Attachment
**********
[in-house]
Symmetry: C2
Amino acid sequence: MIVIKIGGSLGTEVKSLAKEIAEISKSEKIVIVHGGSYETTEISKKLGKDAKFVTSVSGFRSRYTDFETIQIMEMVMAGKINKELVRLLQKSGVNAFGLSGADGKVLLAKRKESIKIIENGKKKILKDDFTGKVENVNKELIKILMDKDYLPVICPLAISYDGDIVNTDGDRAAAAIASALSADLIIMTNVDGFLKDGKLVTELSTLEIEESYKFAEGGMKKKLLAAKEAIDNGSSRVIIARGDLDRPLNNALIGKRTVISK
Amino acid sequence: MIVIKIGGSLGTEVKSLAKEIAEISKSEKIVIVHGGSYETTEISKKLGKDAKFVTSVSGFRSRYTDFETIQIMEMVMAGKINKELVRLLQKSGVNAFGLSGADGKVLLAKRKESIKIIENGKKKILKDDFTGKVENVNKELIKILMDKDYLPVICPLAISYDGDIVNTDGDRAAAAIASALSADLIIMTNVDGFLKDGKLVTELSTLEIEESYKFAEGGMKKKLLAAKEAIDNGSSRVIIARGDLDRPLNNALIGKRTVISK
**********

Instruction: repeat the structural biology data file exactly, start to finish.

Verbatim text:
[in-house]
Symmetry: C2
Amino acid sequence: MIVIKIGGSLGTEVKSLAKEIAEISKSEKIVIVHGGSYETTEISKKLGKDAKFVTSVSGFRSRYTDFETIQIMEMVMAGKINKELVRLLQKSGVNAFGLSGADGKVLLAKRKESIKIIENGKKKILKDDFTGKVENVNKELIKILMDKDYLPVICPLAISYDGDIVNTDGDRAAAAIASALSADLIIMTNVDGFLKDGKLVTELSTLEIEESYKFAEGGMKKKLLAAKEAIDNGSSRVIIARGDLDRPLNNALIGKRTVISK
Amino acid sequence: MIVIKIGGSLGTEVKSLAKEIAEISKSEKIVIVHGGSYETTEISKKLGKDAKFVTSVSGFRSRYTDFETIQIMEMVMAGKINKELVRLLQKSGVNAFGLSGADGKVLLAKRKESIKIIENGKKKILKDDFTGKVENVNKELIKILMDKDYLPVICPLAISYDGDIVNTDGDRAAAAIASALSADLIIMTNVDGFLKDGKLVTELSTLEIEESYKFAEGGMKKKLLAAKEAIDNGSSRVIIARGDLDRPLNNALIGKRTVISK